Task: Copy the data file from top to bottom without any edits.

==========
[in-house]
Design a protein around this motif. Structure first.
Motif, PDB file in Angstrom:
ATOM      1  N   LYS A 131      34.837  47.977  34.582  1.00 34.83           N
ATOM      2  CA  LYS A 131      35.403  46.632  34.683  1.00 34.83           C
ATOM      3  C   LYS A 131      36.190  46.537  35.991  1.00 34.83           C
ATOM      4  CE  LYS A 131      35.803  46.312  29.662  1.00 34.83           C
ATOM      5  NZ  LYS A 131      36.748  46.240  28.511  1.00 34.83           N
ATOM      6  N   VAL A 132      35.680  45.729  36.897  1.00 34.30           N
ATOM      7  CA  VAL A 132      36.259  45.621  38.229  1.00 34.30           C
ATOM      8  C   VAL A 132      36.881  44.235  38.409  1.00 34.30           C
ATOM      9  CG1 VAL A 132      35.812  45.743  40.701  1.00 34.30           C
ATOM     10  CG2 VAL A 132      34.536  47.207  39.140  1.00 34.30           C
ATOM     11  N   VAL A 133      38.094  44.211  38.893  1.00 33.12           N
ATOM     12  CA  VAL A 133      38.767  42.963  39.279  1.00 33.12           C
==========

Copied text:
[in-house]
Design a protein around this motif. Structure first.
Motif, PDB file in Angstrom:
ATOM      1  N   LYS A 131      34.837  47.977  34.582  1.00 34.83           N
ATOM      2  CA  LYS A 131      35.403  46.632  34.683  1.00 34.83           C
ATOM      3  C   LYS A 131      36.190  46.537  35.991  1.00 34.83           C
ATOM      4  CE  LYS A 131      35.803  46.312  29.662  1.00 34.83           C
ATOM      5  NZ  LYS A 131      36.748  46.240  28.511  1.00 34.83           N
ATOM      6  N   VAL A 132      35.680  45.729  36.897  1.00 34.30           N
ATOM      7  CA  VAL A 132      36.259  45.621  38.229  1.00 34.30           C
ATOM      8  C   VAL A 132      36.881  44.235  38.409  1.00 34.30           C
ATOM      9  CG1 VAL A 132      35.812  45.743  40.701  1.00 34.30           C
ATOM     10  CG2 VAL A 132      34.536  47.207  39.140  1.00 34.30           C
ATOM     11  N   VAL A 133      38.094  44.211  38.893  1.00 33.12           N
ATOM     12  CA  VAL A 133      38.767  42.963  39.279  1.00 33.12           C